A year ago, Michael Dell spent $25 billion to buy the PC company he founded back from shareholders and turn it into what he called “the world’s largest start-up.”
How’s that going for him? If the CEOs’ talk at last week’s DellWorld 2014 is any indication: great. As this piece notes, Dell argues that going private has accomplished much more than getting Carl Icahn off his back. It has allowed the tech giant to draw its attention away from profit margins into R&D. No longer burdened by the need to meet Wall Street’s numbers each and every quarter, Dell can experiment and take chances. Experiment how and on what? Dell said that Internet of Things and security are two areas the company is investing in in a big way.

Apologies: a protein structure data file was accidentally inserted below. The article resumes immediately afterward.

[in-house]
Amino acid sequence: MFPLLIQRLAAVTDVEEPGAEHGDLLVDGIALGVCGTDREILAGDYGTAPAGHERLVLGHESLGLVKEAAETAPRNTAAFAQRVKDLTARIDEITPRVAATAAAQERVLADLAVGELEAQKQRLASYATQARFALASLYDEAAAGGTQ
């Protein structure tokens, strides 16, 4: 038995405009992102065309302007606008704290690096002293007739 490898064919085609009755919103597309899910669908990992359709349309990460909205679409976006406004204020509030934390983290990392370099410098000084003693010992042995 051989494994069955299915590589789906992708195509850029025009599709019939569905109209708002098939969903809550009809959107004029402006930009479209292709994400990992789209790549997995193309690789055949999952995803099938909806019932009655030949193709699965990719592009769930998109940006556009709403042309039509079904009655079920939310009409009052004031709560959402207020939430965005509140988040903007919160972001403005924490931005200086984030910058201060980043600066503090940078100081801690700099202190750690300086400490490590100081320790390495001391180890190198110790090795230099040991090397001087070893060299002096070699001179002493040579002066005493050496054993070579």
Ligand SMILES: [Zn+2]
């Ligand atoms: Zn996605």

“As we look at our business we can now ask what are the opportunities and the unmet challenges. These are in infrastructure, security, the internet of things, the cloud, big data, and the fun part about being private is that we can embrace risk differently.”
And where do personal computers – the foundation of Dell’s business- fit in? CEO Dell said he sees PCs as increasingly strategic as a local power and resource hub for businesses. Dell said he plans to continue investing in PCs, which are deeply embedded in businesses. Dell saw US shipments of PCs jump close to 20 percent last year,” he told the audience at the Austin, Texas event.
Read more via IrishTimes here: Dell embraces ‘internet of things’ as key way forward.